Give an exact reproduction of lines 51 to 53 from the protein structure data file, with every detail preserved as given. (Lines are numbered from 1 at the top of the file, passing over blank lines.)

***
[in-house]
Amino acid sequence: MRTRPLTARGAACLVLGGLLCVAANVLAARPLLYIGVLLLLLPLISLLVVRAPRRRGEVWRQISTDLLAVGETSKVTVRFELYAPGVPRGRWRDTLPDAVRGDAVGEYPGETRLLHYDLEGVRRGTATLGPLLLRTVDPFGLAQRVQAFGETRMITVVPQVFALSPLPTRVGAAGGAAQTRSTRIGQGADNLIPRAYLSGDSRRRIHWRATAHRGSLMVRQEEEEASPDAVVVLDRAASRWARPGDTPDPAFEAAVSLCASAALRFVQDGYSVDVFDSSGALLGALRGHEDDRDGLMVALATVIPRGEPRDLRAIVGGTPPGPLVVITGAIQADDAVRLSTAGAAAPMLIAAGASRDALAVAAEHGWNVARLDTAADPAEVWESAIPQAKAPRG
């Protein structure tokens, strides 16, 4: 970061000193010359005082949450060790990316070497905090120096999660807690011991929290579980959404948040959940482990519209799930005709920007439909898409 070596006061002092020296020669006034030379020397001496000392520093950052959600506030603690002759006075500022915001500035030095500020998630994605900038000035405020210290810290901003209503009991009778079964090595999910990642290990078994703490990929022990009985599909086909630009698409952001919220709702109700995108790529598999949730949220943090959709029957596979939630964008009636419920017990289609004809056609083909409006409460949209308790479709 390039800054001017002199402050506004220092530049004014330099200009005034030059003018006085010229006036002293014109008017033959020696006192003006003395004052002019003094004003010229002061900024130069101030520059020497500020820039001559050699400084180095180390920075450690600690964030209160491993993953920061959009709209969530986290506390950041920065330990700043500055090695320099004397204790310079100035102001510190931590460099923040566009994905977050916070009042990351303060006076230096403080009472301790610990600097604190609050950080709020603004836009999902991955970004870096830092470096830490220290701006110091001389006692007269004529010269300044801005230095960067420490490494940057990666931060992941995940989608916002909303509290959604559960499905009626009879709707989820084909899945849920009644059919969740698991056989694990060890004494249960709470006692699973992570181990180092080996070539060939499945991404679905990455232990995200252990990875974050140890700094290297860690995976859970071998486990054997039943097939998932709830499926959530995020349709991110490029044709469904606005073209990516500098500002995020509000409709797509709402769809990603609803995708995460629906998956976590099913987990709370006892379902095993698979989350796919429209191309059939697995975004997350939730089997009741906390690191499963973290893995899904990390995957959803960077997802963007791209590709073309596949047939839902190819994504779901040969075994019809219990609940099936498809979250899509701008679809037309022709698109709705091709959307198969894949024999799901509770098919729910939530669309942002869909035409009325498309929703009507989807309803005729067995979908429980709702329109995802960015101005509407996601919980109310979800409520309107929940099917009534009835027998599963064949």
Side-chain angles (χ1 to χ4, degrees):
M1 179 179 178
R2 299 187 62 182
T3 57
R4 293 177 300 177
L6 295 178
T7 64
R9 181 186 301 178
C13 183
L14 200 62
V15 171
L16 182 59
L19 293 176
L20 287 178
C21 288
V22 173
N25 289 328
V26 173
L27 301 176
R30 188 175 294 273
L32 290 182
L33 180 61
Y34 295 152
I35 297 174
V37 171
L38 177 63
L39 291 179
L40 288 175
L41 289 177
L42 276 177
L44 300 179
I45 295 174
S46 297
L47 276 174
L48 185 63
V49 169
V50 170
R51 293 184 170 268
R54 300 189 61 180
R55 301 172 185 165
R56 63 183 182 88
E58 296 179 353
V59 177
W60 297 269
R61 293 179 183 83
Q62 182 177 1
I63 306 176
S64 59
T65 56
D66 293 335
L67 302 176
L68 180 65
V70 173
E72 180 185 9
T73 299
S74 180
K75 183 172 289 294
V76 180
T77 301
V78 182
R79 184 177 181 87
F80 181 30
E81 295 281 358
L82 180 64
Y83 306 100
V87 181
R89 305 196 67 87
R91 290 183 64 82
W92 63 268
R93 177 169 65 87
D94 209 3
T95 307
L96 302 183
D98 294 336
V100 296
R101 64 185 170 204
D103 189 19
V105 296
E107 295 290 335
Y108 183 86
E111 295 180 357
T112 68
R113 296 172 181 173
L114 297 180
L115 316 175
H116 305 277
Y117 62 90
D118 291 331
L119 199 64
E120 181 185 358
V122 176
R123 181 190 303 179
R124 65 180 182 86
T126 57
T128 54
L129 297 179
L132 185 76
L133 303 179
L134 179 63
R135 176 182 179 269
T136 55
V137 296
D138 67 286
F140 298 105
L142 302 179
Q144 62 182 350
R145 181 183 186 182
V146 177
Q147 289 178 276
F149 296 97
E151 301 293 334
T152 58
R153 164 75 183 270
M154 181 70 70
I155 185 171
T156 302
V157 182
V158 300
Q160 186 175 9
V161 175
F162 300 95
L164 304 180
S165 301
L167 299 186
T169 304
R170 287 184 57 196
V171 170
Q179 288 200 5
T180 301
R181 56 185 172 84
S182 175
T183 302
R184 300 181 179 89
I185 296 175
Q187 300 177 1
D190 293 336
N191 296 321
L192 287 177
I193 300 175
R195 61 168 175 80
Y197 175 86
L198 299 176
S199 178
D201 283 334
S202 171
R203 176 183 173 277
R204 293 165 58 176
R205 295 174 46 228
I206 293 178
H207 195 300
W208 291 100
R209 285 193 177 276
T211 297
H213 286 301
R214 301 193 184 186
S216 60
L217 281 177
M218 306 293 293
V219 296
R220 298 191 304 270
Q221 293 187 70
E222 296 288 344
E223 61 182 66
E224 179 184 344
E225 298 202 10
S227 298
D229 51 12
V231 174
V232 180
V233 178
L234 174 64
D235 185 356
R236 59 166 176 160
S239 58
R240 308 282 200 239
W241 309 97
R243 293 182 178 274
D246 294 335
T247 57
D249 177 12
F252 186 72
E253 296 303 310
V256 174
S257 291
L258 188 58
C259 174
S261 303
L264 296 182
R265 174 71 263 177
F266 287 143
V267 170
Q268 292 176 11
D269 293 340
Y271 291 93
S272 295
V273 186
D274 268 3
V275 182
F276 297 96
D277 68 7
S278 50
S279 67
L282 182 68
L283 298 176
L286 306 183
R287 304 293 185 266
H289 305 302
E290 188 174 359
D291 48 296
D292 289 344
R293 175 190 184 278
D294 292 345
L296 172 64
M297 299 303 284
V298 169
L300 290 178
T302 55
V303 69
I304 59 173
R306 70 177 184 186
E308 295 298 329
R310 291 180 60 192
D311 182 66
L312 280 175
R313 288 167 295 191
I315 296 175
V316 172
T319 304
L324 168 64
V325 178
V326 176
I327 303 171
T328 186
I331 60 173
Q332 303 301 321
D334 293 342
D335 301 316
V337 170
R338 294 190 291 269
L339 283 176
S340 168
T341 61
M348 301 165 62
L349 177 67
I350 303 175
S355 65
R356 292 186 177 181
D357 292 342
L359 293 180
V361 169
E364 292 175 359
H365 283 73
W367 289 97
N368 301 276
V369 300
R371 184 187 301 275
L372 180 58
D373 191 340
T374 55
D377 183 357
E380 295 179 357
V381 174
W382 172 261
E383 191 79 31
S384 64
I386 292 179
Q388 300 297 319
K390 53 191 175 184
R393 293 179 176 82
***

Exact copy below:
S64 59
T65 56
D66 293 335